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robertogreco : nonverbal   5

The Writing Problems of Visual Thinkers
“Visual thinkers have difficulty organizing expository prose because their preferred mode of thought is fundamentally different from the organization of expository prose.” /

“The writing of a visual thinker is like a map of all the possibilities.” /

“Visual thinking allows for many elements to appear at once, simultaneously, interpenetrating with one another, with relationships that may be more evocative than specific.”

“Perhaps writing has been made unnecessarily difficult by the rarely challenged assumption that students should write in a one-dimensional sequence and produce a document composed exclusively of words typed in a uniform typeface.” /

“It is my hunch that people engage in high-speed, multi-channeled fully-verbalized thinking, as well as simultaneous ‘multitasking’ in cryptic forms of verbal thought, nonverbal modalities, and integrated forms of thought. Such a concept challenges current ideas about the limitations of ‘linear’ thought and could revolutionize our idea of where writing starts.”
writing  thinking  via:litherland  visualthinkers  organization  perspective  howwethink  howwewrite  nonverbal  multitaksing  thought  reading  howweread  learning  psychology  visual  cv 
july 2012 by robertogreco
Specs that see right through you - tech - 05 July 2011 - New Scientist ["Boring conversation? Accessories that decipher emotional cues could save your social life – or reveal that you're a jerk"]
"Picard handed me a pair of special glasses. The instant I put them on I discovered that I had got it all terribly wrong. That look of admiration, I realised, was actually confusion and disagreement. Worse, she was bored out of her mind. I became privy to this knowledge because a little voice was whispering in my ear through a headphone attached to the glasses. It told me that Picard was "confused" or "disagreeing". All the while, a red light built into the specs was blinking above my right eye to warn me to stop talking. It was as though I had developed an extra sense.

The glasses can send me this information thanks to a built-in camera linked to software that analyses Picard's facial expressions. They're just one example of a number of "social X-ray specs" that are set to transform how we interact with each other. …Our emotional intelligence is about to be boosted, but are we ready to broadcast feelings we might rather keep private?"
technology  culture  psychology  nonverbalcommunication  nonverbal  communication  listening  rosalindpicard  paulekman  ranaelkaliouby  simonbaron-cohen  affectiva  autism  social  faces  mit 
july 2011 by robertogreco
The Thinking Person's Guide to Autism: On the Matter of Empathy [To be applied also with teachers and students, claiming to know them better than they know themselves.]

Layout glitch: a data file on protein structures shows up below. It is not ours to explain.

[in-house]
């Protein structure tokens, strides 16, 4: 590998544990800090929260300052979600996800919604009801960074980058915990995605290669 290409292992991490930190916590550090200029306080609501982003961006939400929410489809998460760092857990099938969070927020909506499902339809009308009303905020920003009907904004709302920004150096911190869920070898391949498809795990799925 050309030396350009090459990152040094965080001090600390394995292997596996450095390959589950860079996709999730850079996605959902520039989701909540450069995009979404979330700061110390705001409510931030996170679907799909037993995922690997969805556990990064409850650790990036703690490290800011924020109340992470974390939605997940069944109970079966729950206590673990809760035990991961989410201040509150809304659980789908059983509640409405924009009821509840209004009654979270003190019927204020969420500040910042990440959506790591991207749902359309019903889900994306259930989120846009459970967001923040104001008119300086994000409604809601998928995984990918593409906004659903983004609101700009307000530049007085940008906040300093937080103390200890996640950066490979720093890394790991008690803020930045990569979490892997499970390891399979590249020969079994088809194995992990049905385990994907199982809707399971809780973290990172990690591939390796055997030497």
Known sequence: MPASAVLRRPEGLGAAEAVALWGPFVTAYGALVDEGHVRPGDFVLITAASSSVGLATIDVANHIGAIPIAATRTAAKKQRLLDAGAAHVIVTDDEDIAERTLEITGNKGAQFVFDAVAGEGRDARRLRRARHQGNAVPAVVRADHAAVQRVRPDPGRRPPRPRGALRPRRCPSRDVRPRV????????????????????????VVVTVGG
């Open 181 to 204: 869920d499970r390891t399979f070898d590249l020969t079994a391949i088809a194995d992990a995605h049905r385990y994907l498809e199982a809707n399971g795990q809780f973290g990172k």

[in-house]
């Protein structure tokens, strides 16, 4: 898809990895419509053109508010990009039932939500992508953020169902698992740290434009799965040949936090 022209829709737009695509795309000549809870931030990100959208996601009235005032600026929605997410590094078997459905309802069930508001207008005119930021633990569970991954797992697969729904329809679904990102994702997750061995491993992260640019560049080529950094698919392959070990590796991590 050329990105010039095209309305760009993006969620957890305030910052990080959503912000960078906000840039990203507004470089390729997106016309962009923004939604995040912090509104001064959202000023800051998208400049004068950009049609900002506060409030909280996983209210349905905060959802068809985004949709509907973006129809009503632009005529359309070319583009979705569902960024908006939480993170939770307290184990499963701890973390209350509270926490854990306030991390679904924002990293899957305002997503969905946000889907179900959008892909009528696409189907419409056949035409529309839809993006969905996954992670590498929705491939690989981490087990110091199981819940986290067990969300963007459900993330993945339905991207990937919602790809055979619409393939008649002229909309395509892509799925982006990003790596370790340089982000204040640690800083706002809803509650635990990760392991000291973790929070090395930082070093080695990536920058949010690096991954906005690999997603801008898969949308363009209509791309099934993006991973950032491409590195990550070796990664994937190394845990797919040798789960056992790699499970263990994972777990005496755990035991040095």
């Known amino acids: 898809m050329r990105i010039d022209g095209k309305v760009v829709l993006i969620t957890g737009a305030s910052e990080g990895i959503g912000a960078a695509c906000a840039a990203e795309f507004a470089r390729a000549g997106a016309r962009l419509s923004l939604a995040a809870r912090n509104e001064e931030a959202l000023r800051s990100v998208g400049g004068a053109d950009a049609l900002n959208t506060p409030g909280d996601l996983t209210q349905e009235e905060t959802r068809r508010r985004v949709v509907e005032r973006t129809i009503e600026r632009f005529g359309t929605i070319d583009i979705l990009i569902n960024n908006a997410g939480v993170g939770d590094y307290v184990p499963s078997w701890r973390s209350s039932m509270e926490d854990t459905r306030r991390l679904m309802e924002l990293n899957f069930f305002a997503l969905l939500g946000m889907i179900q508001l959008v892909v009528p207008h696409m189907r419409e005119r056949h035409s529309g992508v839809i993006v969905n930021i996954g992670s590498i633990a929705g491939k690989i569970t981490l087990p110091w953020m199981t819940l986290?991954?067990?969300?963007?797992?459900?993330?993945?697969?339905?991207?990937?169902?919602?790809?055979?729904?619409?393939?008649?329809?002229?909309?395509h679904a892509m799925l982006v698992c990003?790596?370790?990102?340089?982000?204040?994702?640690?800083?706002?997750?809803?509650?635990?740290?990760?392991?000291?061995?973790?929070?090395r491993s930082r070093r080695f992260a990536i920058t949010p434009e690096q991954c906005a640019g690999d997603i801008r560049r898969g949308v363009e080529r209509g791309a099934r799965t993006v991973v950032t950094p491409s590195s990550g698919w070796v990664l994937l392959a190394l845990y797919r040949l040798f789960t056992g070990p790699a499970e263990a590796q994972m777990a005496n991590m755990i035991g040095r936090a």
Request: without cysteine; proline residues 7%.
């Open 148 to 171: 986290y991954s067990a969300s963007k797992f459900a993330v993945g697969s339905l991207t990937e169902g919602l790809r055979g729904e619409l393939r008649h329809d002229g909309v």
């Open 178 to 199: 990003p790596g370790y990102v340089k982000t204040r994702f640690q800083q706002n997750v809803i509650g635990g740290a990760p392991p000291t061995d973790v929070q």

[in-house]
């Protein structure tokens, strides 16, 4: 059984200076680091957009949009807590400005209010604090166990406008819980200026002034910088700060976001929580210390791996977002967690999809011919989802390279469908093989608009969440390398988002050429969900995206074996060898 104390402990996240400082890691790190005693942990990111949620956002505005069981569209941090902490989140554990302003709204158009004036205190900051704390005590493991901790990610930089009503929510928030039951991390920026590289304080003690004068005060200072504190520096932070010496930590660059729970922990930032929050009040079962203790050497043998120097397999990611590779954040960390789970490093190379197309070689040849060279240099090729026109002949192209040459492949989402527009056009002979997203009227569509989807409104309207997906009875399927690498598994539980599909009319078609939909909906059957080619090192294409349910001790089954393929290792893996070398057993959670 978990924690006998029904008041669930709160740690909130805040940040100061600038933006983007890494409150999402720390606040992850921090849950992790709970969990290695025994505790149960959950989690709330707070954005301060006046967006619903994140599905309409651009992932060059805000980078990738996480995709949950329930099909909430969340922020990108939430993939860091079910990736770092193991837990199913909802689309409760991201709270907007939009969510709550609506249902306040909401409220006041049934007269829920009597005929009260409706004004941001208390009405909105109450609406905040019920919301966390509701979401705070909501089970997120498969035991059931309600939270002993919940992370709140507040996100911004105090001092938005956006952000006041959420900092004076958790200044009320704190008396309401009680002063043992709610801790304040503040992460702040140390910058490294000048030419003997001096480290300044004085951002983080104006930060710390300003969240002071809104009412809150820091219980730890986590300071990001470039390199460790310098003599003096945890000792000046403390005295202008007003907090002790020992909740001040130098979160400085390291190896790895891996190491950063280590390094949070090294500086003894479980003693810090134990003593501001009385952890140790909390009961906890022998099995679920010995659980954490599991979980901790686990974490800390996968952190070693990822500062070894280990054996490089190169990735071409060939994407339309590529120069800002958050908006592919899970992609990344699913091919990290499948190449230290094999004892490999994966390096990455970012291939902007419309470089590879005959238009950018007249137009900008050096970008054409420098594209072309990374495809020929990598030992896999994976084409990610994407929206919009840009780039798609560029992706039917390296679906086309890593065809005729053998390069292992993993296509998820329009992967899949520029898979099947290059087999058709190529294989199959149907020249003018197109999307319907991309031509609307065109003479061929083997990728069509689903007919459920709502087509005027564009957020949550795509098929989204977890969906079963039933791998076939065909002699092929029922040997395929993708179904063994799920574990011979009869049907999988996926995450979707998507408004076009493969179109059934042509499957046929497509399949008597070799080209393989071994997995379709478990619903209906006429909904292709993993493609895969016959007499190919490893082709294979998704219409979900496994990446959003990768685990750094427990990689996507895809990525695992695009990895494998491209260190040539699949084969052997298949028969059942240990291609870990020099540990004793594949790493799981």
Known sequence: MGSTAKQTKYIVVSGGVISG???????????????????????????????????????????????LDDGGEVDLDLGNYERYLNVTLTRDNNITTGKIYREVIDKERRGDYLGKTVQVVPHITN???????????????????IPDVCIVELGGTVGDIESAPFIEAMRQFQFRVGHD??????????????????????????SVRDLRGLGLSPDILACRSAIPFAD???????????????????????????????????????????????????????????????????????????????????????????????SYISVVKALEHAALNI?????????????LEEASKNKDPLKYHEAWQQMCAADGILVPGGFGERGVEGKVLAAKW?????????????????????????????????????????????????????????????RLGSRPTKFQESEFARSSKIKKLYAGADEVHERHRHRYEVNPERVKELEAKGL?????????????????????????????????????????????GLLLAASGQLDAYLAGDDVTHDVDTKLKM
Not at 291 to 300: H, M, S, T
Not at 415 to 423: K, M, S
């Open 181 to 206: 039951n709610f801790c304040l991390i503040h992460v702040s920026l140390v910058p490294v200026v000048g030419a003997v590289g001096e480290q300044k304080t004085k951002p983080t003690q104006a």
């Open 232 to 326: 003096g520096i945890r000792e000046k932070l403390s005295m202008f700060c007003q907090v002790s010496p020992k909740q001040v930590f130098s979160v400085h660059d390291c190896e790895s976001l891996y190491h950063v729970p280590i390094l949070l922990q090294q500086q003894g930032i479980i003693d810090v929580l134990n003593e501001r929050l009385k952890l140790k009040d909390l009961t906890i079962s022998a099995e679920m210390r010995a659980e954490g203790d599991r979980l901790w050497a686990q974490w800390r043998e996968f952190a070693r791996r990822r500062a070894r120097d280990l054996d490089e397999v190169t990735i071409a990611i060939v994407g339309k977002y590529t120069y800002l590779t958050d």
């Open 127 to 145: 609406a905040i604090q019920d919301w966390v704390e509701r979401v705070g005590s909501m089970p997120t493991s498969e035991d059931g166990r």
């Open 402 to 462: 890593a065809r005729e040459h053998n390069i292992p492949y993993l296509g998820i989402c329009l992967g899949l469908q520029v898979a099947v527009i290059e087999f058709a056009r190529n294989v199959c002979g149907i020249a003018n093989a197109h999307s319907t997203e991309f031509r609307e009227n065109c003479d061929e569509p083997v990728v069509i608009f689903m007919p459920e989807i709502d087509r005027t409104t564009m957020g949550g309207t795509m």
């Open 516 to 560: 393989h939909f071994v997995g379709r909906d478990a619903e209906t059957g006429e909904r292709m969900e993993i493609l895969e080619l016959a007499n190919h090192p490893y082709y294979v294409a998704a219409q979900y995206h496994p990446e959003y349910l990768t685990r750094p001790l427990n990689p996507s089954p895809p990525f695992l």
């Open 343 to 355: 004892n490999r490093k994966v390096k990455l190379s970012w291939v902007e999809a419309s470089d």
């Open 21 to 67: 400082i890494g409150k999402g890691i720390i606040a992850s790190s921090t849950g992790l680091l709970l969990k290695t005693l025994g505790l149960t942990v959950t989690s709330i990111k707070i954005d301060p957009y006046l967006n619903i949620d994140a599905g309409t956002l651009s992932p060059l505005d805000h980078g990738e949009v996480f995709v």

"unfortunately, too many lay people look to credentials as opposed to experience when it comes to understanding non-normative conditions. Recently, in response to one autistic person’s upset at mainstream theories of impaired autistic empathy, an autism parent said that the experts should know all about it, since they’ve been studying the issue for years. & those of us who have lived it for even longer? If we were talking about the difference btwn a non-Jewish scholar of Judaism & a practicing Jew, most people would say that the practicing Jew would be the expert on Judaism. & yet, autistic people are rarely accorded this level of respect.

A refusal to listen to our experiences & to be sensitive to the real-life consequences of pervasive stereotypes shows a problematic relationship w/ empathy, to put it mildly. In the midst of this lack of true autism awareness, any assertion that autistic people lack empathy is nothing less than a textbook case of pot calling kettle black."
psychology  empathy  autism  aspergers  understanding  credentials  experts  experience  2011  behavior  cognitive  cognitiveempathy  emotionalempathy  expressedempathy  testing  measurement  nonverbal  nonverbalcommunication  stereotypes 
july 2011 by robertogreco
Human Connections Start With A Friendly Touch : NPR
"Social scientists have shown in many studies over the years that supportive touch can have good outcomes in a number of different realms. Consider the following examples: If a teacher touches a student on the back or arm, that student is more likely to participate in class. The more athletes high-five or hug their teammates, the better their game. A touch can make patients like their doctors more. If you touch a bus driver, he's more likely to let you on for free. If a waitress touches the arm or shoulder of a customer, she may get a larger tip.<br />
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But why does a friendly or supportive touch have such universal and positive effects? What's happening in our brains and bodies that accounts for this magic?"
touch  neuroscience  medicine  behavior  teaching  anatomy  psychology  nonverbal  research 
september 2010 by robertogreco
Temple Grandin: The world needs all kinds of minds | Video on TED.com
"Temple Grandin, diagnosed with autism as a child, talks about how her mind works -- sharing her ability to "think in pictures," which helps her solve problems that neurotypical brains might miss. She makes the case that the world needs people on the autism spectrum: visual thinkers, pattern thinkers, verbal thinkers, and all kinds of smart geeky kids."
autism  ted  templegrandin  learning  understanding  language  nonverbal  visual  patterns  verbal  neuroscience  tcsnmy 
february 2010 by robertogreco

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